, Gloucester, MA

October 20, 2012

Why Did My Newspaper Do That? Finding instant quake reactions very close to home

Why Did My Newspaper Do That? Ray Lamont
Gloucester Daily Times

---- — I have never felt an earthquake — and still haven’t, despite the magnitude 4.0 tremor beneath the surface of Maine that shook and rattled more than a few homes and businesses for a few seconds in Gloucester and across Cape Ann Tuesday night.

Yes, I was working here at the Times office. And within seconds of the earthquake, I was very aware of what had happened — or what we thought had happened. But while others had heard the quake’s rumble, and especially noticed that their computers were shaking, I had not been looking at mine, had been talking to someone else – and, of course, missed the whole thing.

We did, however, have a couple “eyewitnesses” close at hand. Community Editor Joann Mackenzie and Advertising Representative Laura Ingalls both let out low shouts. Sports Editor Nick Curcuru heard the rumble that, indeed, sounded like another MBTA train rolling with a few feet of our Whittemore Street offices, as they do every day. And no more than a minute after Joann and Laura had both exclaimed that they thought we had had an earthquake, TV and online news reports out of Boston were already reporting the same thing.

Recognizing we had to jump on the story as well, I thought quickly about how to approach it — especially since the quake came around 7:15 at night, and we were already steamrolling toward deadline. We quickly talked to our page design and production folks, and pulled back one story from the top left corner of Page 1 for another day, with plans for the quake story to fill that spot in an hour or two. But what WAS our local earthquake story, especially since it was apparent from news reports and our police scanner that there had been no injuries or damage.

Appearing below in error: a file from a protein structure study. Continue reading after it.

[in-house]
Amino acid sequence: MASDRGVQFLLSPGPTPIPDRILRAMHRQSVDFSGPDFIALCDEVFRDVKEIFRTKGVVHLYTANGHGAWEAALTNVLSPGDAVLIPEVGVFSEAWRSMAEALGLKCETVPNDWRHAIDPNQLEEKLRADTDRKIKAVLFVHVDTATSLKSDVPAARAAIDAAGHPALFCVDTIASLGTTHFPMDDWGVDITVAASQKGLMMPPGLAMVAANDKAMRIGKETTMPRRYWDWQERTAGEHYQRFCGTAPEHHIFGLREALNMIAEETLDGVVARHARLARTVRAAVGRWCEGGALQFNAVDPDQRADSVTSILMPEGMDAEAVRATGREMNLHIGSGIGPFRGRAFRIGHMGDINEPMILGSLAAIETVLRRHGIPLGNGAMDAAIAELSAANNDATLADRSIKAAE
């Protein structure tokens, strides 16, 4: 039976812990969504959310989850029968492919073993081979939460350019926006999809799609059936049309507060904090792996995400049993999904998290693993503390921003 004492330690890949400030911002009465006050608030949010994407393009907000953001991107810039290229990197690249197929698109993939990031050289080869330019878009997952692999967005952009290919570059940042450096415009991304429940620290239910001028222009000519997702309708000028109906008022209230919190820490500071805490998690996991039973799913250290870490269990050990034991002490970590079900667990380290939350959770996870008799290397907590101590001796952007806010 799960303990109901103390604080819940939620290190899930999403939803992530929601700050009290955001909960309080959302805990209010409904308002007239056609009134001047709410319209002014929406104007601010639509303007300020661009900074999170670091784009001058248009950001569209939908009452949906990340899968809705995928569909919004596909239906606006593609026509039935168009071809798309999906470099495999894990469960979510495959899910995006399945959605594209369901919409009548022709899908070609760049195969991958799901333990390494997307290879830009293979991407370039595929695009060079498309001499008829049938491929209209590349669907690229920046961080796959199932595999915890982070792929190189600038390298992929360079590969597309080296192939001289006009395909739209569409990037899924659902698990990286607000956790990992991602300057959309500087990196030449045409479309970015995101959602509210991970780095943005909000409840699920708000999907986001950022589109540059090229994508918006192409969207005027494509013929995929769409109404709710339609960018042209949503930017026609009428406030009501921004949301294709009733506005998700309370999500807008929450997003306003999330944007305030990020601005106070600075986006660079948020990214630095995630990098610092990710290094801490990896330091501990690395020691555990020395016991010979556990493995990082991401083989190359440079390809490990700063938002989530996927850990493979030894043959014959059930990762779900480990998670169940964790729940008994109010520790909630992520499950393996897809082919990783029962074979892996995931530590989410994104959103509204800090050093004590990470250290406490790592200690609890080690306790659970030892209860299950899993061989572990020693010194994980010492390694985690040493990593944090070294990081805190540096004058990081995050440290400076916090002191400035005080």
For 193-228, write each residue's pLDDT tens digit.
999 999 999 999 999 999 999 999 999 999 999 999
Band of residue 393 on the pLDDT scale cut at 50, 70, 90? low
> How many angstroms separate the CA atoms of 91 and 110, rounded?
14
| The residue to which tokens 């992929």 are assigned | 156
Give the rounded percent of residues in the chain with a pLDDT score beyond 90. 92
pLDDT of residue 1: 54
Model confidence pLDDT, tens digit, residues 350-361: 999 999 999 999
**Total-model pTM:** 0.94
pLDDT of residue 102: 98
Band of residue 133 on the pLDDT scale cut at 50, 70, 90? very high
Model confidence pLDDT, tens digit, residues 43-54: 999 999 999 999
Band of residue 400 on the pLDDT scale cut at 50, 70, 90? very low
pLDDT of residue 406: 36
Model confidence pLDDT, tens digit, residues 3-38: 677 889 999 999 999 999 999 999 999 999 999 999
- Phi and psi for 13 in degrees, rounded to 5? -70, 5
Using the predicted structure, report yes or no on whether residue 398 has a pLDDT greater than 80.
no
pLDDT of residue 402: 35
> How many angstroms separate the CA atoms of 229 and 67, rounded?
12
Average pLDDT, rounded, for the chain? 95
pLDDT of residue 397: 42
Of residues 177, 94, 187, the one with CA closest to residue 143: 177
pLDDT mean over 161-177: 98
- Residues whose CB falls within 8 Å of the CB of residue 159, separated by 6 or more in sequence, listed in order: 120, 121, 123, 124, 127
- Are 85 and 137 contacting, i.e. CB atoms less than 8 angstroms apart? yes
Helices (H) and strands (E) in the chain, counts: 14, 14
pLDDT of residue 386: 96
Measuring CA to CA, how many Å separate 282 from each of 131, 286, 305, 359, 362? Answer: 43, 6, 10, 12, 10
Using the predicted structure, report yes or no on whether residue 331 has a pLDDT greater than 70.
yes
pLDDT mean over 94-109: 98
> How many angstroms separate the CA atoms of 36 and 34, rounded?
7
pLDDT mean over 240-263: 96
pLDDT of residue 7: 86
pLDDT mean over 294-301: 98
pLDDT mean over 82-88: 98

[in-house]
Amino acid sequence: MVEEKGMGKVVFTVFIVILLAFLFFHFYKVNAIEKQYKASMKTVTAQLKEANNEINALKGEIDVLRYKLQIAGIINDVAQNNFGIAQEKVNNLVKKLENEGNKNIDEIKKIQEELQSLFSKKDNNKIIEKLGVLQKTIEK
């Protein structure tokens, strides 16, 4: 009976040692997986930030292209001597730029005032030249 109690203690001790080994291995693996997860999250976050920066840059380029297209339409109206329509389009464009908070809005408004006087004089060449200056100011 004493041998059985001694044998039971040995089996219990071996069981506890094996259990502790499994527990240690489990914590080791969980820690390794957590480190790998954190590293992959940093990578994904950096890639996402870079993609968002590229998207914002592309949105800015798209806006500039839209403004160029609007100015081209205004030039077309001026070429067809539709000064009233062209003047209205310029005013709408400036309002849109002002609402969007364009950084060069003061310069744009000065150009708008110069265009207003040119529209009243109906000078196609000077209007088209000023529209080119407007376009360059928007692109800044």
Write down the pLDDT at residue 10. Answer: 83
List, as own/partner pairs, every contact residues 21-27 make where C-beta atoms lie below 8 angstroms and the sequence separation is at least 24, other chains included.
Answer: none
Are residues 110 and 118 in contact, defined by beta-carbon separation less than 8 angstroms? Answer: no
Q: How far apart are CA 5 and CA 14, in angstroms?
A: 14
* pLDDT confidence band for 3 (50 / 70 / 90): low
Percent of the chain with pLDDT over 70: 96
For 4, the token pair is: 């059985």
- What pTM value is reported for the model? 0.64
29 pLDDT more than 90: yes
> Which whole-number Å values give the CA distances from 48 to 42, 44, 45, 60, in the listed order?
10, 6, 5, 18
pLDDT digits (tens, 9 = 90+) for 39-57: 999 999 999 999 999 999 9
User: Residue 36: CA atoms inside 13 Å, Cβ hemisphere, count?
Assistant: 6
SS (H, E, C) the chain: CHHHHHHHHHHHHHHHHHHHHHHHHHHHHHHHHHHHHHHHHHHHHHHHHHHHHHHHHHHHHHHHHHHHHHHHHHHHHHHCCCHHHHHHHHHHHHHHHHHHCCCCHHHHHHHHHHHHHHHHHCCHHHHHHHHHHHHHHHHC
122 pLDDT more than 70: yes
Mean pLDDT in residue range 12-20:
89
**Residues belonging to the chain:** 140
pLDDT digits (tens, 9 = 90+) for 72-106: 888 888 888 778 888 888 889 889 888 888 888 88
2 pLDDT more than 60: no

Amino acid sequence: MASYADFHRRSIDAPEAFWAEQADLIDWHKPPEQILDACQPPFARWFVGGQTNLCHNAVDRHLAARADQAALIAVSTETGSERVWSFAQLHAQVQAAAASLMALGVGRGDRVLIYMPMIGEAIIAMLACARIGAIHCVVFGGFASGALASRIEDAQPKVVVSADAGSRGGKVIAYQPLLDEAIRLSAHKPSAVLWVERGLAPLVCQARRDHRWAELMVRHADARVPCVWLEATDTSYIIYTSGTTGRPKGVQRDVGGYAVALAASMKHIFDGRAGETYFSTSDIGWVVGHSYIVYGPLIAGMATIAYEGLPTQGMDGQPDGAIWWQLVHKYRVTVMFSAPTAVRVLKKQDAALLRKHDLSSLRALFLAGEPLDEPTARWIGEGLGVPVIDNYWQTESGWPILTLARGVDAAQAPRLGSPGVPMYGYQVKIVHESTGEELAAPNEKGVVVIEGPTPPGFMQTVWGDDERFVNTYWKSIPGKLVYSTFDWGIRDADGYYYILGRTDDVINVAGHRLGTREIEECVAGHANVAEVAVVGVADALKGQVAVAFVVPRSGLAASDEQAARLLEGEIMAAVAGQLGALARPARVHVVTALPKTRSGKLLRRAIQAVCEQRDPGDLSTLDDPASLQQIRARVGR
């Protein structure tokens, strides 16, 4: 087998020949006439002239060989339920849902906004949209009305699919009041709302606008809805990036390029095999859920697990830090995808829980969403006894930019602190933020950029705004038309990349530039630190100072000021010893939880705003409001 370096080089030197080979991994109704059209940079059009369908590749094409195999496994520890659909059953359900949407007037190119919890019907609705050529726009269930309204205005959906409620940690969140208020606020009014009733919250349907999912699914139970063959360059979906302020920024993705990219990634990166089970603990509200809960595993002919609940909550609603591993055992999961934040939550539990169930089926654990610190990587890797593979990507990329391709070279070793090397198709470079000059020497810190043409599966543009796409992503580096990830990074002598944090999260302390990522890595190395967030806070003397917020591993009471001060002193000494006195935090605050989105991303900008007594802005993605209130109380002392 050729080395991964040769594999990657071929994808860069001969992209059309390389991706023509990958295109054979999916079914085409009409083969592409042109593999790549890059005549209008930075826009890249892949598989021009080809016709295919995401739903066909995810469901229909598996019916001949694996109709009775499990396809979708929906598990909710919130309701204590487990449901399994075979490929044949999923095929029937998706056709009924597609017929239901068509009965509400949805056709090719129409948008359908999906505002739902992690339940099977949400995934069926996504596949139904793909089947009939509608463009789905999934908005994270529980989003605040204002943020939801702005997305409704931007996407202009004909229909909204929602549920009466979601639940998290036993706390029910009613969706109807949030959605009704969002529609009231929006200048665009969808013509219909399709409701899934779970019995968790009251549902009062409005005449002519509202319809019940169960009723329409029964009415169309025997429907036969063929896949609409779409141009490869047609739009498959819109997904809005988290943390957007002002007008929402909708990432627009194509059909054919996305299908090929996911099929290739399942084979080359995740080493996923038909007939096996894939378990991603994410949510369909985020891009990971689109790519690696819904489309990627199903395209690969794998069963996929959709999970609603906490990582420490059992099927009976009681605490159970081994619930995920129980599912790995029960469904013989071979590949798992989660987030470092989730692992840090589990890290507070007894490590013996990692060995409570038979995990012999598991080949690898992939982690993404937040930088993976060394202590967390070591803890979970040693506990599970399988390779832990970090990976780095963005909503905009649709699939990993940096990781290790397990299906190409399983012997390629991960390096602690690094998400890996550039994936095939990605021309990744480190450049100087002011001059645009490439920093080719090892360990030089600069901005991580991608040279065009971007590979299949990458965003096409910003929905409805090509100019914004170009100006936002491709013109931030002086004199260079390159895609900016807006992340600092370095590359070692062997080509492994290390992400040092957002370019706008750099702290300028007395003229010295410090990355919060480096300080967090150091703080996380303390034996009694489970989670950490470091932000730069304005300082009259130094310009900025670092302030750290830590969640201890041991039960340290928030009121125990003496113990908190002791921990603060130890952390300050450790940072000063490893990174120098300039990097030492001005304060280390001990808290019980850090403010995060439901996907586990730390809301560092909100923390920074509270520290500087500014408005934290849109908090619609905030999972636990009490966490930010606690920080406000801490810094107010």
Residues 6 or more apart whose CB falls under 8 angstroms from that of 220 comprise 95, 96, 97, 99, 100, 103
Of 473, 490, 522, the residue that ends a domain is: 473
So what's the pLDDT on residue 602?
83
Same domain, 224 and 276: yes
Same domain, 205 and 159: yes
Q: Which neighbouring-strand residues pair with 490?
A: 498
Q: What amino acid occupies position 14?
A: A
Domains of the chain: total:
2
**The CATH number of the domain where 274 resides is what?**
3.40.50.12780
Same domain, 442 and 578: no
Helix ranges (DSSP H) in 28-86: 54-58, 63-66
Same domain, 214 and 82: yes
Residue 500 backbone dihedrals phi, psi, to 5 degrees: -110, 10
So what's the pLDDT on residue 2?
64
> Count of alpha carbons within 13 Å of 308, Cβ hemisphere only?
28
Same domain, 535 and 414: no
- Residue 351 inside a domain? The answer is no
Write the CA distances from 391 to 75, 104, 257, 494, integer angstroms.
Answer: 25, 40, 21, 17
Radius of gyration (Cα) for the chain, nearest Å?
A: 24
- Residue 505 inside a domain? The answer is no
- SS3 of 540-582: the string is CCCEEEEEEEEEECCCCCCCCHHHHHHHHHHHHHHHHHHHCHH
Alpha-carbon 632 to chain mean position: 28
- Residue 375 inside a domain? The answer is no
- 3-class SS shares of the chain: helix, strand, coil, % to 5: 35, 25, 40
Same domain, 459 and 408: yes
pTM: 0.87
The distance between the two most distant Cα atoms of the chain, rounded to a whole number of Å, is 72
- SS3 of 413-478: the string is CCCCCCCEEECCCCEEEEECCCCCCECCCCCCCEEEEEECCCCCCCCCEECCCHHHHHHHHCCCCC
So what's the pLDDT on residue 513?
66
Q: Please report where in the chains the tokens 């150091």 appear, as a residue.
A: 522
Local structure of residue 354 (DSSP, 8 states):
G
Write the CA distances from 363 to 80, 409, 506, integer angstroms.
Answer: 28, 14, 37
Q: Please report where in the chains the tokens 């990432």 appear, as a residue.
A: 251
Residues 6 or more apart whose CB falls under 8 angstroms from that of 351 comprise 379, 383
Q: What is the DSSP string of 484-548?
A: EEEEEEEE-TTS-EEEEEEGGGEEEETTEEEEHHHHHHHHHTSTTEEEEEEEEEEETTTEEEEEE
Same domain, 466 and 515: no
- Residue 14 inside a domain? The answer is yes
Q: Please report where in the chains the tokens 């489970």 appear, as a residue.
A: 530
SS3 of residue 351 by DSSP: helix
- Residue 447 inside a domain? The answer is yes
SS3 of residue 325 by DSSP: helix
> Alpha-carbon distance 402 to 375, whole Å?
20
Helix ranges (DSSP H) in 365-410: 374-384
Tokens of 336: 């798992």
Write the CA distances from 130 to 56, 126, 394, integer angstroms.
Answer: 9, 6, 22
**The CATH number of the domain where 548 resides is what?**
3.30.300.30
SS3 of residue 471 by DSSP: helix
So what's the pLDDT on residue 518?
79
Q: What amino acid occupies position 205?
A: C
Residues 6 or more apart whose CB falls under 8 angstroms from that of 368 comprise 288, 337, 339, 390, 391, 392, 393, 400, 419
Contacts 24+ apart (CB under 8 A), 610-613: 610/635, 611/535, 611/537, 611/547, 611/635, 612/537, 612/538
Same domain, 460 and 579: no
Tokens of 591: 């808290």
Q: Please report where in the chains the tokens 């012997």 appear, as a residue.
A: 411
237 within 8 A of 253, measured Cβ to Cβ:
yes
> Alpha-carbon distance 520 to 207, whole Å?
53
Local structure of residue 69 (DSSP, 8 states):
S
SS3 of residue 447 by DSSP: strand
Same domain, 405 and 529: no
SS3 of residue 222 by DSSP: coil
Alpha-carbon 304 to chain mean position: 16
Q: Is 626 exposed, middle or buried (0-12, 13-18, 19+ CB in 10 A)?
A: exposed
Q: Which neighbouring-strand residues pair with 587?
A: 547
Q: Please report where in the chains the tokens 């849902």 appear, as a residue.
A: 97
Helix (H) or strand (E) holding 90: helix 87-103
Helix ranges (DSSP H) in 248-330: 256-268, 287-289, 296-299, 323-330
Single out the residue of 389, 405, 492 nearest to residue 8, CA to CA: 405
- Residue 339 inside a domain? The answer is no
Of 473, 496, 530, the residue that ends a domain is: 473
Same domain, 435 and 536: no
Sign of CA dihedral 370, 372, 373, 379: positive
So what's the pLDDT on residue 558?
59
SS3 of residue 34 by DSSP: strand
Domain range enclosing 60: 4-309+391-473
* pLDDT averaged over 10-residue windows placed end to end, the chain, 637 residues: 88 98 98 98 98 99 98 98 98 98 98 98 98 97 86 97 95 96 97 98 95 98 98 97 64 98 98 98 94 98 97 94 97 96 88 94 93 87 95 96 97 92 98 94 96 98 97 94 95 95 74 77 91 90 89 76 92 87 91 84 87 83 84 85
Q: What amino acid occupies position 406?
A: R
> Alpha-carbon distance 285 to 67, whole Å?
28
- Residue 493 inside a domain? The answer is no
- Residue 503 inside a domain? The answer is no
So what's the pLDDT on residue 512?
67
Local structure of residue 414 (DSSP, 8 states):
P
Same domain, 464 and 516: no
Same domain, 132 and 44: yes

There’s an old adage in journalism that a newspaper or other media outlet should stick to covering the story, not be part of it. Yet, if you saw both our online breaking news story that night on, or our first-day story in Wednesday morning’s Times, you probably noted that the first local story focuses on our own staffers — and on a report from Gloucester firefighter Phil Bouchie, who noted that the quake was felt loud and clear at the all-brick Central Fire Station, and that it had set off emergency alarms all across the city.

Was it necessary to include staffers Joann and Laura in our news story? Why didn’t we seek out other witnesses? Why, in other words, did your community’s newspaper cover the earthquake as it did. Why did your community’s newspaper do that?

Well, we didn’t rush out to seek other witnesses because, frankly, we were looking at gathering all of the story information, writing it, editing it and sending it to the page within, by then, about 90 minutes. And there weren’t any other writers to be doing the gathering; of our two reporters on that night, Marjorie Nesin was covering the meeting of the Rockport selectmen, and Steven Fletcher was at the American Legion hall, covering the Beauport Gloucester Fort neighborhood meeting that, for all I knew, could have generated a few tremors of its own.

Joann and Laura, however, certainly noticed and felt the impact of the earthquake, and could describe as well as anyone what they saw and heard. And their recollections, combined with Bouchie’s comments about the firehouse, made for a very viable story.

Was it ideal? No. Ideally, with time and more flexibility, we would have talked to a lot more people, and gotten more input as to how the earthquake — pegged first at a magnitude of 4.6 that night — was felt so extensively here. Those questions and interviews would be left to Steven to follow up next-day, when he spoke to several other residents who described what they felt and heard, and gleaned from local geologist Arthur Socolow that granite — which runs throughout Cape Ann’s terrain —actually carries earthquake vibrations more than other materials.

But, for all the old adages about our need to cover, and not be part of, any story, the truth is, our own employees had as good a perspective on what had just happened as anyone else. And that justifiably made them an important part of the first night story about this rare natural event.

As always, let me know what you think.

Questions? Comments? Is there an issue you’d like to see addressed in a future column? Contact Times Editor Ray Lamont at 978-283-7000, x3438.